Like most Italophiles and people the world over, I am thinking of what to do to participate in helping the area devastated by the recent earthquake in Italy. While there is no way to repair the loss of life, one can lend economic support. Watching the Rai last night ithey mentioned that that is what... Continue Reading →
I've known Angela Velenosi for about 8 years now and have been to visit her in her beautiful town of Ascoli. Immediately upon hearing of the earthquake yesterday, I wrote to Angela to see how see and her loved ones were faring. Today, she sent this update: "I would like to update you on the... Continue Reading →
I can't write about wine today as I think of all the people who passed away in the latest earthquake to hit Italy. Thoughts and prayers to those affected directly and indirectly.
This week's grape variety is not the Lambrusco that most people think of when they consider that grape. It is called Lambrusco Viadanese and is often called Grappello Ruperti or Viadanese. Viadana is the name of the comune in the province of Mantova where this grape is widely grown. It is very close to the... Continue Reading →
Tracy Ellen Kamens, a great wine educator and a friend, held a really informative seminar on Cavas during this year's conference in Washington. She had an interesting slide comparing Cavas and Champagne and showed many aged Cavas. I have always loved cava but had never really considered their aging potential before as I tend to... Continue Reading →
Chocolate is not generally one of the first items that come to mind when thinking about Italy. Chocolate has a long history in Italy linked to regional traditions, specific ingredients from specific terroirs, and superior artisanal craftsmanship. In the chocolate market, Italy competes with Belgium and France, better known chocolate making countries. There are four... Continue Reading →
As usual I was overly ambitious about what I can accomplish in a short amount of time. I have not been blogging everyday but I am thinking about it every day at least. I often need to think and plan my way into things. Like most busy and ambitious people, I've got lots of projects... Continue Reading →
I’ve been so busy at the society of wine educators conference that I missed writing about this day that always marks mid August. Look up at the sky, you may see shooting atTa.
August 10 is celebrated in Italy and by Italians throughout the world as the night of the shooting stars. This film by the Taviani brothers is one of my old time favorites. This night is famous because you can see a host of shooting stars in the night sky and of course, as we all know, you make a wish when you see one.
Historically, the night of the shooting stars is supposed to commemorate the tears of San Lorenzo who met his end on this day in the III century.
The movie set in Tuscany brings to mind Tuscan wine and “una voglia pazza di essere in Italia” (great desire) to be in Italy watching them this evening. Even if I’m not going anywhere, if I see a star I too can wish it on saying “Stella, mia bella stella, desidero che…”, and waiting for the event…
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Today at the Society of Wine Educators Conference I sat in on a seminar on South African wines with Jim Clarke. What strides these wines have made since I first tasted them years ago. I am still a fan of Chenin Blanc from SA more than other varieties but there was a blend with some Pinotage that was interesting as well. Wonders never cease. Still always think of Mandela when I see or do anything related to South Africa. Would that we had someone like him in the States in this divisive period of our history.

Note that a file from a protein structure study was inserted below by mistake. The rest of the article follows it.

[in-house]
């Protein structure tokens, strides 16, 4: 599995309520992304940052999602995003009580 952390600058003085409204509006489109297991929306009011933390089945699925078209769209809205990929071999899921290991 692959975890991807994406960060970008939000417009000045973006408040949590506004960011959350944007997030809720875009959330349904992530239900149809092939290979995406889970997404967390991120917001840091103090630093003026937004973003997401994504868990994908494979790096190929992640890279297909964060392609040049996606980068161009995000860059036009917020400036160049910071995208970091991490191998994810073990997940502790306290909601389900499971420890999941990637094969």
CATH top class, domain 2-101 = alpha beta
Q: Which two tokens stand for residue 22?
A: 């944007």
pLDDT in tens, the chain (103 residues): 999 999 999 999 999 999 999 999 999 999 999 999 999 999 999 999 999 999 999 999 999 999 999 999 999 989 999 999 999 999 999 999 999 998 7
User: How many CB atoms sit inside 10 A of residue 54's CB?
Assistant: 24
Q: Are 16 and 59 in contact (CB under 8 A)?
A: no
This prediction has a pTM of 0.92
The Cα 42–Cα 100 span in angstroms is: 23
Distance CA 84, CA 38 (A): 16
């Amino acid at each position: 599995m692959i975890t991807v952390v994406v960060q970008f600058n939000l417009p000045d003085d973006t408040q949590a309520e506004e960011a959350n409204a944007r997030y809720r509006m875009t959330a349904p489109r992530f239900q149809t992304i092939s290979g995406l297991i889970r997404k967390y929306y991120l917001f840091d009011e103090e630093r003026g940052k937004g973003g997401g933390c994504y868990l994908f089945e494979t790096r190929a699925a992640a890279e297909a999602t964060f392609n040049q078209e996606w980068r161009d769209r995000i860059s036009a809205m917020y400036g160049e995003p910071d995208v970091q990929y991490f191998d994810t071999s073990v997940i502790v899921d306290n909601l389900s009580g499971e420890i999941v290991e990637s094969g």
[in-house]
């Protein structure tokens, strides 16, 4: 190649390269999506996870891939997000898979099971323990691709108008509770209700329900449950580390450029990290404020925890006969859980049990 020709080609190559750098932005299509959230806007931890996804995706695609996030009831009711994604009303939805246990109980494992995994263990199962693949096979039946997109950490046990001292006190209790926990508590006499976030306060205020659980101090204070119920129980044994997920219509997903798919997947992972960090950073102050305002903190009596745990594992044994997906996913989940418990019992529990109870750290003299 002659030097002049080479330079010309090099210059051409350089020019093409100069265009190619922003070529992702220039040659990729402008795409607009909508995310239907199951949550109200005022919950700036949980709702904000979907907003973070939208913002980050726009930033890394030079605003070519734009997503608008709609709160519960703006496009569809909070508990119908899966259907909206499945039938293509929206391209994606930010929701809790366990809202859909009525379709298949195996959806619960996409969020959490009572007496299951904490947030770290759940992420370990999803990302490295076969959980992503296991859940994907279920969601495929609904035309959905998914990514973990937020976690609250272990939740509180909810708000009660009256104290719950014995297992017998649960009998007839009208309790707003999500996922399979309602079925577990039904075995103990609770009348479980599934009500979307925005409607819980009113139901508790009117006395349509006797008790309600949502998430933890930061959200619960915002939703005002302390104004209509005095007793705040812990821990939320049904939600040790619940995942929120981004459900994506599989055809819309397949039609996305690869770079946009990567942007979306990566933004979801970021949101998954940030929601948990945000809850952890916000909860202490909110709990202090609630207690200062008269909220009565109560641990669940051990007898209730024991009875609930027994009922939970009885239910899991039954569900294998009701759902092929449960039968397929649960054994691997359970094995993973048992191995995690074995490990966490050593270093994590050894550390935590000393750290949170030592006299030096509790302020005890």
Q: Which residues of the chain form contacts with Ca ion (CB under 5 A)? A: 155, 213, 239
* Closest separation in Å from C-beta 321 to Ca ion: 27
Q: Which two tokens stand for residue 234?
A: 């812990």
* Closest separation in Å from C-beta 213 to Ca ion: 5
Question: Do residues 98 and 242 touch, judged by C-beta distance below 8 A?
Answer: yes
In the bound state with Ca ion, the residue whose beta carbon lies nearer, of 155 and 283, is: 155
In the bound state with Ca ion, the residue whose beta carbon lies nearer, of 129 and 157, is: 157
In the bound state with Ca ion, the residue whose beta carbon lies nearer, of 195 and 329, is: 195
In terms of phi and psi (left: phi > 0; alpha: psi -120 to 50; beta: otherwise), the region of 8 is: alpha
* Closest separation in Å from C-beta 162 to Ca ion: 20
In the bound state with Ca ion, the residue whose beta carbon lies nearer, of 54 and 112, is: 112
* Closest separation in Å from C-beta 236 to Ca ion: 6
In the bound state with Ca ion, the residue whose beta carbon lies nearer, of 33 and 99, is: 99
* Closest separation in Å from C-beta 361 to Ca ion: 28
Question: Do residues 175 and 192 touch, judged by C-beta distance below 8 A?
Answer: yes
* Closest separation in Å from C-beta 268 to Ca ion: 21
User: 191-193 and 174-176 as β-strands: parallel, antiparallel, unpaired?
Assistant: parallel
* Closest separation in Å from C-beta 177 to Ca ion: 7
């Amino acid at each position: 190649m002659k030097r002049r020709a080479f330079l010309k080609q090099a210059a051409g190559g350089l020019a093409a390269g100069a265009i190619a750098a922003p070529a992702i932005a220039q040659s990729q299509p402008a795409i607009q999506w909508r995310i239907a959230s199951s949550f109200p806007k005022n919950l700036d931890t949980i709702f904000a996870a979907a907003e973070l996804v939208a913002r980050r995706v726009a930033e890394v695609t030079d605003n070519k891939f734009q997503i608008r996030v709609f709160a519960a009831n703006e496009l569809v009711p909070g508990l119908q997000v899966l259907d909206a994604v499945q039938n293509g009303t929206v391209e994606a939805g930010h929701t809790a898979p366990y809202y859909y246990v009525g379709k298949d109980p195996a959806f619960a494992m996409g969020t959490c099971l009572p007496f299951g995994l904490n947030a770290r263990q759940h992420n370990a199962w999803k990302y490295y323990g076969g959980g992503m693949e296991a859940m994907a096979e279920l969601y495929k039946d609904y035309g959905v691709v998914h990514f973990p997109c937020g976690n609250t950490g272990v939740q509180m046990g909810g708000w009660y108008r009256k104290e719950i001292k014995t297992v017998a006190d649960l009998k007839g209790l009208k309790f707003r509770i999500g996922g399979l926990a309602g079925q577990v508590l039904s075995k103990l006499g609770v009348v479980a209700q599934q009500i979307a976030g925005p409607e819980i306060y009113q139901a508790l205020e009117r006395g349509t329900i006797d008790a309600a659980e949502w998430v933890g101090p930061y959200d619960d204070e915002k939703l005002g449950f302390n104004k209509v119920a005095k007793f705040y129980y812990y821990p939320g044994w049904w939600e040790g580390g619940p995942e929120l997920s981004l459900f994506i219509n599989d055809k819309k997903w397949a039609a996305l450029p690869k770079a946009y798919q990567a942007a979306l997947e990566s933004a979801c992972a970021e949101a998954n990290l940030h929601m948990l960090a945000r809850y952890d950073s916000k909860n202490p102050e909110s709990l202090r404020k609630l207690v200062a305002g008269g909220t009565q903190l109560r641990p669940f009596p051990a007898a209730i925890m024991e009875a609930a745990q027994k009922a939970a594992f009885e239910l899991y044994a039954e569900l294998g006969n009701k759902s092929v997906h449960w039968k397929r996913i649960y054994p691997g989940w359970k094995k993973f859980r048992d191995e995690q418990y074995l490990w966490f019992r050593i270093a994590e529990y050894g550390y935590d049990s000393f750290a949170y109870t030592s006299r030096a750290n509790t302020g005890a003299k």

Like much of the world, I have been watching hours of programs about Nelson Mandela’s life and his example. He is so inspiring that one can only try to be joyous and cheerful when thinking about his spirit despite the fact that he has left our earthly domain. As this is a wine blog, of course, I am thinking about South Africans and the South African wine industry. I had the occasion to try a number of wines from South Africa paired with South African cuisine at the Institute of Culinary Education earlier this year. Jim Clarke led the lecture and the event was part of the Snooth PVA blogger weekend.
I also had the great fortune to work on a project for Stellekaya and to befriend the wonderful Ntsiki Biyela, their wine maker. All this to say that South African wines have a special place in my heart although…
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Spent an exciting day visiting wineries in Virginia. Glad to be back after a long hiatus. Really interesting Cabernet franc blends, Viognier, Petit Mansang and even Tannat. Wonderfully hospitable people. Thanks #virginiawineries.
As Thanksgiving approaches, I am thinking about all of the American wines that I have tried over the past few years. Some stand out, others less so but all interest me in terms of the evolution of the wine industry in the USA.
This past year at the Society of Wine Educators conference, I attended a seminar about wines from Virginia entitled, “Virginia: the Bordeaux of North America?” A pretty big claim but I was willing to listen because the speaker was none other than Jay Youmans from the Capital Wine School. Jay is a wonderful speaker and a lovely person to boot, as well as being an incredibly knowledgeable member of the wine community.
We learned during the lesson that male settlers in Virginia in the 1600s were called to plant at least 10 grape vines. We also learned that Thomas Jefferson tried to grow grapes in…
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